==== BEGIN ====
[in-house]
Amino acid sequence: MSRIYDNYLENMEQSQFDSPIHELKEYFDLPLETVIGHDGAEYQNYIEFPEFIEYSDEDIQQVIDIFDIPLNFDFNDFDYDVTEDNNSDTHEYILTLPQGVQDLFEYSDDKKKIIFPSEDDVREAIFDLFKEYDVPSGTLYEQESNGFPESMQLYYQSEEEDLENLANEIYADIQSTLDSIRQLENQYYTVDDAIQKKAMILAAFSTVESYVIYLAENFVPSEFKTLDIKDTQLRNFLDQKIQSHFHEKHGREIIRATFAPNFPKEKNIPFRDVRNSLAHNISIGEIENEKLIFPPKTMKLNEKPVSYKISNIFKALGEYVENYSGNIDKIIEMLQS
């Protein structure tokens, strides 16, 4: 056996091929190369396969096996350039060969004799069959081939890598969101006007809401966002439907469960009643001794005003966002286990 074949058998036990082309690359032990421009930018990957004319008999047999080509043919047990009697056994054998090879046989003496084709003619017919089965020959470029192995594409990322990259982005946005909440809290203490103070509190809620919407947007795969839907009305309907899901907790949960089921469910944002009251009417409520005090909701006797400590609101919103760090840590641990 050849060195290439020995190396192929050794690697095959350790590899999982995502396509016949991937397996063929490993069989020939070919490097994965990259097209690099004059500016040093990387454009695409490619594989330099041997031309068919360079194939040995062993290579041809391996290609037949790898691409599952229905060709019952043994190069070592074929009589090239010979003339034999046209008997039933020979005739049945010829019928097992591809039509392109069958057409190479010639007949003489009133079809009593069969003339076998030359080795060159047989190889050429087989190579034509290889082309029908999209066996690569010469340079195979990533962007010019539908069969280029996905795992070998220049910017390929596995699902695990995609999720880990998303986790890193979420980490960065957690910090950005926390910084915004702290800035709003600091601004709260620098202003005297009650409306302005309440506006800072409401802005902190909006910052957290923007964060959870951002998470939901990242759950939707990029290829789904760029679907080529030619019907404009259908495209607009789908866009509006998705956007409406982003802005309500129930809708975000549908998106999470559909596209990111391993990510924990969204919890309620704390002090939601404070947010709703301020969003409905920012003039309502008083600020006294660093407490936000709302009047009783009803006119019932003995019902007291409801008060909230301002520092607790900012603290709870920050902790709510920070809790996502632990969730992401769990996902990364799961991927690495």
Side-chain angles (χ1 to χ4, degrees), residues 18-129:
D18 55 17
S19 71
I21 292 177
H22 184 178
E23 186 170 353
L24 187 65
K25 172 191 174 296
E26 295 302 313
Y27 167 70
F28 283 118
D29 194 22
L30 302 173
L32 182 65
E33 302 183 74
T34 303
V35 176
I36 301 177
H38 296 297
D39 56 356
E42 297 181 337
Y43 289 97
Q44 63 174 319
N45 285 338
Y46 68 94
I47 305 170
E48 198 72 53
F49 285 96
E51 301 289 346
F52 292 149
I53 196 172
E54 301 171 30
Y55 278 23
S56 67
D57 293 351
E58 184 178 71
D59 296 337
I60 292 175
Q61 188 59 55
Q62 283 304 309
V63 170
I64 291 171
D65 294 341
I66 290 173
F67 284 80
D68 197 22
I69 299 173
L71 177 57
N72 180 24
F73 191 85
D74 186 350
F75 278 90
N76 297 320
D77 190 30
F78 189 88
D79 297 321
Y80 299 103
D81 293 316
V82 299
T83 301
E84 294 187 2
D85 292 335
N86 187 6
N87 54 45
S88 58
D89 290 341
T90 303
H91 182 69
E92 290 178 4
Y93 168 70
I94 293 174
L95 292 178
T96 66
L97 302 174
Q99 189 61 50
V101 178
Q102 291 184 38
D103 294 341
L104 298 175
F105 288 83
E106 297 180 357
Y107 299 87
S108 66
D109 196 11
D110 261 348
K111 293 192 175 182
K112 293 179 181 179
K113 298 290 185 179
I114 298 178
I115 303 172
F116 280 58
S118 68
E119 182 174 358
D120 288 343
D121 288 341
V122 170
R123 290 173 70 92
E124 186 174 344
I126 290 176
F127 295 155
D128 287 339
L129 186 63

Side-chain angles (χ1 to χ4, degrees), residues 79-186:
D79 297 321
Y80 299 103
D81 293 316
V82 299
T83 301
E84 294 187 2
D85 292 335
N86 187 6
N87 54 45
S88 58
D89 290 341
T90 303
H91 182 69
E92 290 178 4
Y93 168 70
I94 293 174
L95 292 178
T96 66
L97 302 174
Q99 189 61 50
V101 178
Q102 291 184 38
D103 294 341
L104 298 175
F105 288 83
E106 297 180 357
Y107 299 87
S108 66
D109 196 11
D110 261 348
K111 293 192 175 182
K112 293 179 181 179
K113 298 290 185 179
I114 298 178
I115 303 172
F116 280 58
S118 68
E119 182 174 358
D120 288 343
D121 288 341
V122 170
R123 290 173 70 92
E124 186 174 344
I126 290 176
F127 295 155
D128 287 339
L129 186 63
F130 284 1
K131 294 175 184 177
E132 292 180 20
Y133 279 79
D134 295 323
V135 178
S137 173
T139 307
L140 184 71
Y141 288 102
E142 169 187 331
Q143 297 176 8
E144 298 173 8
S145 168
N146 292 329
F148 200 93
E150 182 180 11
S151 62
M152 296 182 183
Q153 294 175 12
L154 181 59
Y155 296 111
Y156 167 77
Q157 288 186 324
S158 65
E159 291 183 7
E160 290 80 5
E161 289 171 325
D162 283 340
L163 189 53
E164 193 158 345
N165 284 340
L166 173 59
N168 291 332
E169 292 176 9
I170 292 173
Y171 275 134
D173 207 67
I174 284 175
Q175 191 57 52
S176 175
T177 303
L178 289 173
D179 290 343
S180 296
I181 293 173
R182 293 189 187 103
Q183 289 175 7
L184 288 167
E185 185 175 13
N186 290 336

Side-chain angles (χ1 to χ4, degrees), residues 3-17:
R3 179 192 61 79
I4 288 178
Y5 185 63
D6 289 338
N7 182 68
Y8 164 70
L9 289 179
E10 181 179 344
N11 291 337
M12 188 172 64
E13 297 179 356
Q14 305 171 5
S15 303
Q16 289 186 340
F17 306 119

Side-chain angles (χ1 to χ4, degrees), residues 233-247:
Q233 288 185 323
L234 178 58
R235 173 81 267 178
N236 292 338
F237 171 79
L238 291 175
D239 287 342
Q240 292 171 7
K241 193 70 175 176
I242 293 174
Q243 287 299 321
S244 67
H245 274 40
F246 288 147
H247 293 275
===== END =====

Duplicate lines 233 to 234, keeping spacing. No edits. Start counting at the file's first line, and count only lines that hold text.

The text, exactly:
S244 67
H245 274 40